[By: Mark Nenadov]
The vaults of church history are rich storehouses that should be plundered regularly. We have an embarrassment of riches and yet at times large swaths of history lay on the shelf, dusty.
It can be tempting for us Reformed Baptists and Presbyterians to jump from the New Testament times to the 16th and 17th century and then into the 20th century. And yet, the American Baptist community of the 18th and 19th century is, in my opinion, comparatively neglected. I love and appreciate the life and theology of the 17th century Particular Baptists, but sometimes I think we’ve underestimated the legacies of those who came after them.
As an independent, amateur researcher, I’ve been writing short biographical sketches of some noteworthy and yet sorely neglected individuals in 19th century American Baptist history. For instance, I’ve written two soon-to-be-published papers on John Newton Brown: “A Recipient of Inestimable Legacies”: The Early Life of J. Newton Brown (1803-1868) and “Sweet Temper, High-toned Piety”: The Life of John Newton Brown (1803-1868). They should be appearing in Kettering soon. And I’ve focused in on S. Dryden Phelps in “An Eloquence in Nature’s Voice” The Pastor-Poet S. Dryden Phelps (1816-1895).
Most of my writing has been about Baptists in New England. The Baptist community there was surprisingly vital just a couple centuries ago! As of late, though, there is an intriguing character who takes me further down South: the 18th-19th century Virginia and Kentucky Baptist preacher and entrepreneur Elijah Craig (1745?-1808).
This article is much less formal than the other ones I’ve written recently. Also, I do not pretend to have researched Elijah Crag’s life as thoroughly as John Newton Brown or S. Dryden Phelps. Nevertheless, I aspire here to a lighter, more casual treatment of his life, which brings into focus some interesting angles in an age of perennial concerns about religious liberty!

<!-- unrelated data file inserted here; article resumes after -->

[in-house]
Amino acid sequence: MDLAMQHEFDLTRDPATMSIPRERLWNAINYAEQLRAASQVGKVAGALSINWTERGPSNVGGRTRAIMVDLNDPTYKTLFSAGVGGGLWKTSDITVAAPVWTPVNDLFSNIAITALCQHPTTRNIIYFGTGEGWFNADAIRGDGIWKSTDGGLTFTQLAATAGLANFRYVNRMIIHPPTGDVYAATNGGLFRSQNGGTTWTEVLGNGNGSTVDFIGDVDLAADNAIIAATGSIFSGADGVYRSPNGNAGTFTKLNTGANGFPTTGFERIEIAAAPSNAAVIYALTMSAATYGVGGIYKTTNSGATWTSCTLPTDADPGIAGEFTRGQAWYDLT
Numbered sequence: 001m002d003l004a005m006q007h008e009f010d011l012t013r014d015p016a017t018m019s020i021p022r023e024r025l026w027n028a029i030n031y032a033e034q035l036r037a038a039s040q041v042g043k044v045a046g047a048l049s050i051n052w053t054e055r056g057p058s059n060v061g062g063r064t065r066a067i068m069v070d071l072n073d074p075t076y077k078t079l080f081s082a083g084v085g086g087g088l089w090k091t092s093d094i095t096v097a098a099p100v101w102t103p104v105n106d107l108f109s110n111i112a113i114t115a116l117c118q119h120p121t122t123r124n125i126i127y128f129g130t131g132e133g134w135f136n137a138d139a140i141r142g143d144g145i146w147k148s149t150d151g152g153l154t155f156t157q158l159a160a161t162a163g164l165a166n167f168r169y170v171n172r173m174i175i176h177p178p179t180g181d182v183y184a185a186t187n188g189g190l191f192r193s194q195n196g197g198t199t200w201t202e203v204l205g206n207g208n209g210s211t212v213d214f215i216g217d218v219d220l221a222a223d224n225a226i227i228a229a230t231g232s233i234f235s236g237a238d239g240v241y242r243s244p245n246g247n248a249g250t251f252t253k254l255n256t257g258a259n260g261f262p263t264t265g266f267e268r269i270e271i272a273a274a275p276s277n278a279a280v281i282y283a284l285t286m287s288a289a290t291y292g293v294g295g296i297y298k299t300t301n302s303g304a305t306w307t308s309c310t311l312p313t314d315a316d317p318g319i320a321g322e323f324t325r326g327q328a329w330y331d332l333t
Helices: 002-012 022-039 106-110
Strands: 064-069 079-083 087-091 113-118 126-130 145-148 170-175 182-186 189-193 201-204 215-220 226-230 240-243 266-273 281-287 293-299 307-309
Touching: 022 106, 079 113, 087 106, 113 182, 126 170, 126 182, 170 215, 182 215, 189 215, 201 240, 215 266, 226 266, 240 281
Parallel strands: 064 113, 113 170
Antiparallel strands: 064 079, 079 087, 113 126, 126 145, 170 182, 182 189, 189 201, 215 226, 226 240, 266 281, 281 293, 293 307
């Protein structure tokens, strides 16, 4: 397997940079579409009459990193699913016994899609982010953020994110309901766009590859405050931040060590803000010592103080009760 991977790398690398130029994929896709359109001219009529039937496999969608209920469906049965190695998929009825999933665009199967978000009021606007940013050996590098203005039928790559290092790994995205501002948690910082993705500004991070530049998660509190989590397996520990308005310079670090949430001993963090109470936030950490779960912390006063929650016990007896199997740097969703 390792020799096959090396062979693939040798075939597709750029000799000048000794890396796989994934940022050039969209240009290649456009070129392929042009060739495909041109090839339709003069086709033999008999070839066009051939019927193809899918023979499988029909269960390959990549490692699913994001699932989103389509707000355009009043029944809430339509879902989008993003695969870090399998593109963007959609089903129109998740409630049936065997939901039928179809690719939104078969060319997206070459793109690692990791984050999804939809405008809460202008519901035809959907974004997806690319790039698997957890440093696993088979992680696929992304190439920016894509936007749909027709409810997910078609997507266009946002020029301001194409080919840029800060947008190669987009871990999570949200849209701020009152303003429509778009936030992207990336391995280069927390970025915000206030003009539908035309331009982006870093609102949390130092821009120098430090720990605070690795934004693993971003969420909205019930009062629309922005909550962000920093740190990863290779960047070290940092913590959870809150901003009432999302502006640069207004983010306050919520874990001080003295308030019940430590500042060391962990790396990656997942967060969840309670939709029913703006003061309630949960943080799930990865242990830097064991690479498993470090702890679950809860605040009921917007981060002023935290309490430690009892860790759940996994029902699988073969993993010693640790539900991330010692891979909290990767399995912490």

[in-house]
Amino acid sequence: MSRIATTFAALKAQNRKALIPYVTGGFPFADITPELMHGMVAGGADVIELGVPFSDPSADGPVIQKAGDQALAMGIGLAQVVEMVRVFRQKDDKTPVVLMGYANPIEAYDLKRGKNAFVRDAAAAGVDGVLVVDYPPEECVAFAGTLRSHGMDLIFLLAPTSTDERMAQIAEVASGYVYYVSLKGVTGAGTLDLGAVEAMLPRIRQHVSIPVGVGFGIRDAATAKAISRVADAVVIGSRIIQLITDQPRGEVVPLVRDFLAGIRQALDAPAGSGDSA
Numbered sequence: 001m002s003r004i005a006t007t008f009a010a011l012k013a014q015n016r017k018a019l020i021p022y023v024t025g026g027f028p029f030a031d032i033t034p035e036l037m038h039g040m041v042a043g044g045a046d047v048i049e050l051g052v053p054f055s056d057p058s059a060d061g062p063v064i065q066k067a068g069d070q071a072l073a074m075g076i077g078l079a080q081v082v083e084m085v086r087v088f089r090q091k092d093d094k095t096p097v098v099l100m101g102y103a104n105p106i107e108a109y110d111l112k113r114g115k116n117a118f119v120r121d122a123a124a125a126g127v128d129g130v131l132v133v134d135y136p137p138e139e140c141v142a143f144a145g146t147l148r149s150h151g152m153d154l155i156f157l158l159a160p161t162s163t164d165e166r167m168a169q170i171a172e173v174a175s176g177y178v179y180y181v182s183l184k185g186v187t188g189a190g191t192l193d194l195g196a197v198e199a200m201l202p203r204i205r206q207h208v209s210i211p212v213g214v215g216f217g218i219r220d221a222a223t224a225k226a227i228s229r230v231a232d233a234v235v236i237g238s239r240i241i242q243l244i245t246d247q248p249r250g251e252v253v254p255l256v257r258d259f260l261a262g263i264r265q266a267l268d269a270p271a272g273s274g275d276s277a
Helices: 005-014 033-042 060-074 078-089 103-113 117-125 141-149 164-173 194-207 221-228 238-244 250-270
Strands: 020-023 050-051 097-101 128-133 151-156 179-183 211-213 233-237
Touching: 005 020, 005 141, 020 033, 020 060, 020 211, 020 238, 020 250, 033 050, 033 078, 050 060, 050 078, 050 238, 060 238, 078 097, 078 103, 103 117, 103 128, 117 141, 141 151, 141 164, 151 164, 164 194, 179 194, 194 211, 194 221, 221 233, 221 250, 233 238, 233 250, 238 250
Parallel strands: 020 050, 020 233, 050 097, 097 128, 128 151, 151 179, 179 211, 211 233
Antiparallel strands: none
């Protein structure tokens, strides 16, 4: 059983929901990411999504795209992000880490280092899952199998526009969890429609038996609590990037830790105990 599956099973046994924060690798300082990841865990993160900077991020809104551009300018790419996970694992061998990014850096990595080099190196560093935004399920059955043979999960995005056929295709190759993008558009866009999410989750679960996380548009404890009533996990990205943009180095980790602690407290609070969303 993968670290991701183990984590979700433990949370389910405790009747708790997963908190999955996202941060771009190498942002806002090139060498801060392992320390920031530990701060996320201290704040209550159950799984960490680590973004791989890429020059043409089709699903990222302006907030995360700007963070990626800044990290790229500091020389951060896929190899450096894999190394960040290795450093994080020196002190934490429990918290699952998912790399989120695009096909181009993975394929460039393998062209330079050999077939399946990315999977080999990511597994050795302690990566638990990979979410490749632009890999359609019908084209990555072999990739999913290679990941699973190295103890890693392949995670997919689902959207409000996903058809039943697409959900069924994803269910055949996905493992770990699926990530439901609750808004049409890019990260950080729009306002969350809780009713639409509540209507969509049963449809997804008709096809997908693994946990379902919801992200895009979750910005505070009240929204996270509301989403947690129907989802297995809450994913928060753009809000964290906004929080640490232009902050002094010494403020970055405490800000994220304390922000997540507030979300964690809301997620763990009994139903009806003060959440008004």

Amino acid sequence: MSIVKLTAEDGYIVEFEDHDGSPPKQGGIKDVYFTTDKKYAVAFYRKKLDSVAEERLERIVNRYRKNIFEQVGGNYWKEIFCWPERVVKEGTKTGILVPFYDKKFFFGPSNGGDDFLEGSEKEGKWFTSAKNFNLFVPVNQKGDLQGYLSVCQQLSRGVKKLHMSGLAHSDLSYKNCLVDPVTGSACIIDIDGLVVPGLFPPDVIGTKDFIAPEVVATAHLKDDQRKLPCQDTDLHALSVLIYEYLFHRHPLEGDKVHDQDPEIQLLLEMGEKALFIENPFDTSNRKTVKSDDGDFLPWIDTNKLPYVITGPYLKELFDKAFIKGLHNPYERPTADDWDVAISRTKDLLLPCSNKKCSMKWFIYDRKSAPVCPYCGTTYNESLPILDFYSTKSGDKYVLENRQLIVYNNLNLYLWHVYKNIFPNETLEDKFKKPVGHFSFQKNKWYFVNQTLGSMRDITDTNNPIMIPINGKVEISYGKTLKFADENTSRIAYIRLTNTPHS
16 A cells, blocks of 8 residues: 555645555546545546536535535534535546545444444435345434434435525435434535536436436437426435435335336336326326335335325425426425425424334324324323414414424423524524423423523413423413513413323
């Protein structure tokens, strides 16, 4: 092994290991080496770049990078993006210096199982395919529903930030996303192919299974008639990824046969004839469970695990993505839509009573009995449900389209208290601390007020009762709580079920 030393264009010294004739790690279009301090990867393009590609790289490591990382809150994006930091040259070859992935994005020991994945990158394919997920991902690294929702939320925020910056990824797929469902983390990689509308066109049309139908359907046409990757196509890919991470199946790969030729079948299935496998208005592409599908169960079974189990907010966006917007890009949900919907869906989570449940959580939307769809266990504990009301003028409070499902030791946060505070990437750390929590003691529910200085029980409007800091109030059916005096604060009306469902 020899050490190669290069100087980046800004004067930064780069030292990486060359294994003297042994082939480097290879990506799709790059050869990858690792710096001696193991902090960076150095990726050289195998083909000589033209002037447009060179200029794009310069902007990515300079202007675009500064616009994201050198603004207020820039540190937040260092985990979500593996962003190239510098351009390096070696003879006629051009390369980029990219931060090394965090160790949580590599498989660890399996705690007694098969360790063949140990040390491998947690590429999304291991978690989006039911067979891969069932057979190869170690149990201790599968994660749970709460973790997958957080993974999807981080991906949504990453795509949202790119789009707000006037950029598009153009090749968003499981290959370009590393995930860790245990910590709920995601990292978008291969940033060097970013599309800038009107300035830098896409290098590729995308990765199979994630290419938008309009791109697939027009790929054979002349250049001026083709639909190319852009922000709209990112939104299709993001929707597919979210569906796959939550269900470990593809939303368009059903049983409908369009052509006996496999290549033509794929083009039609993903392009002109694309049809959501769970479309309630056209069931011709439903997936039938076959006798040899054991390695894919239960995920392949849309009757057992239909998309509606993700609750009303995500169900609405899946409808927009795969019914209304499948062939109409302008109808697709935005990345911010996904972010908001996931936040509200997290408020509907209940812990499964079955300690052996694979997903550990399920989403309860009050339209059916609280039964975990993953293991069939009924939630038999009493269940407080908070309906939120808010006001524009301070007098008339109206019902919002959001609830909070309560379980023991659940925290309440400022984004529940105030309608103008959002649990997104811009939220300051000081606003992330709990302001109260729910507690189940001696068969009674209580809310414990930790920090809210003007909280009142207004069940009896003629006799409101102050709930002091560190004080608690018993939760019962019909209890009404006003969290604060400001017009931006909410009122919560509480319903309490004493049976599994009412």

Early Life and Conversion
Though Elijah Craig was “one of the most remarkable of the early Kentucky Baptist preachers,” very little is known about his early life in Orange County, Virginia. We don’t even know whether his birthdate was in the 1730s or 1740s and have essentially no details dating before 1764.
By the mid-1750s, colonial American Baptists were often identified as either “Regular” or “Separate.” Both were solidly Calvinistic in their theology, but the “Separate Baptists” closely identified with the Great Awakening and are known for emphasizing evangelism and heart-felt religion, whereas the “Regular Baptists” in some ways distanced themselves from this orientation.
In 1764, Elijah was converted while sitting under the preaching of the Regular Baptist David Thomas (1732-1812), who had organized one of the first Regular Baptist churches in Virginia. Almost immediately upon conversion Elijah “began, at once to exhort.” In the early days, his chapel was located in his tobacco house! By 1766, he became a Separate Baptist.
Ministry in Virginia